Science Fair Project Encyclopedia
The Appalachian National Scenic Trail, generally known as the Appalachian Trail, is a 2,174 mile (3500 km) marked hiking trail in the eastern United States, running from Springer Mountain in Georgia to Mt. Katahdin in Maine. Along the way, the trail also passes through the states of North Carolina, Tennessee, Virginia, West Virginia, Maryland, Pennsylvania, New Jersey, New York, Connecticut, Massachusetts, Vermont, and New Hampshire.
The International Appalachian Trail is an 675-mile (1,100 km) extension, running north from Maine into Quebec. It is actually a separate trail, not an official extension of the Appalachian Trail. An extension of the International Appalachian Trail, to Newfoundland, is still under construction.
The trail is currently protected along more than 99 percent of its course by federal or state ownership of the land or by right-of-way. Annually, more than 4,000 volunteers contribute over 175,000 hours of effort on the Appalachian Trail, possibly the largest volunteer effort on Earth, coordinated in most part by the Appalachian Trail Conference organization.
Trail hikers who complete the entire trail in a single season are termed "thru-hikers"; those who traverse the trail during a series of separate trips are known as "section-hikers". Those heading from Georgia to Maine, the direction in which the whole route is most often attempted, are termed "north-bounders" while those heading in the opposite direction are termed "south-bounders." Part of hiker subculture includes making colorful entries in log books at trail shelters, signed under trail names adopted by the hikers.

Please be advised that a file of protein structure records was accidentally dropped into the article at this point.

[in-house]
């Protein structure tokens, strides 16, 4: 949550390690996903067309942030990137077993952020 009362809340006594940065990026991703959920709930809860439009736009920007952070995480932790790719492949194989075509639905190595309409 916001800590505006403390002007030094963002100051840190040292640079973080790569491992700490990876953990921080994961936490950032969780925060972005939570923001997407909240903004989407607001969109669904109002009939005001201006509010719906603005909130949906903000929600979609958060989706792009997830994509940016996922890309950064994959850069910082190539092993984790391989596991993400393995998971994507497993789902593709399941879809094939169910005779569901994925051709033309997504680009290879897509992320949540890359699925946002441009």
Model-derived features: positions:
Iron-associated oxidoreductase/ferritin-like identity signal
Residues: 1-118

Completing of the trail generally requires five to seven months, although some have done it more quickly. The trail's rugged terrain and cold weather conditions during the spring and fall, make through-hiking a fairly demanding experience. Only about 20% of those who make the attempt actually succeed in completing the entire trail.
Nearly all of the trail is also open to local use, although there are some rules and regulations that favor "thru-hikers"; some believe that the emphasis on hiking the entire length of the trail is misplaced.
The 270 miles of trail in Maine are particularly difficult . Known as the "Hundred Mile Wilderness" the eastern section begins in Baxter State Park, at the Maine terminus of the trail. The park closes to camping from October 15 to May 15 each year. Park management strongly discourages thru-hiking within the park before May 31 or after October 15 .
The central Maine section includes a 70-yard-wide crossing of the widest unbridged river along the Trail. Fording the river is unsafe due to swift and powerful current and the unannounced release of water from upstream hydroelectric facilities. The Maine Appalachian Trail Club  offers a canoe ferry ride across the river during peak hiking season.
The trail was originally conceived by Benton MacKaye, a forester who wrote his original plan shortly after the death of his wife in 1921. MacKaye's utopian idea detailed a grand trail that would connect a series of farms and wilderness work/study camps for city-dwellers.
On October 7, 1923, the first section of the trail, from Bear Mountain south along the Shawangunk Ridge to the Delaware Water Gap, was opened by groups of enthusiastic volunteers. To maintain forward momentum, MacKaye called for a two-day Appalachian Trail conference to be held in March of 1925 in Washington, D.C. This resulted in the formation of the Appalachian Trail Conference organization, though little progress was made on the trail for several years.
At the end of the 1920s and beginning of the 1930s, a retired judge named Arthur Perkins and his younger associate Myron H. Avery took up the cause. Avery, who soon took over the ATC, adopted the more practical goal of building a simple hiking trail. He and MacKaye clashed over the ATC's response to a major commercial development along the trail's path; MacKaye left the organization, while Avery was willing to simply reroute the trail.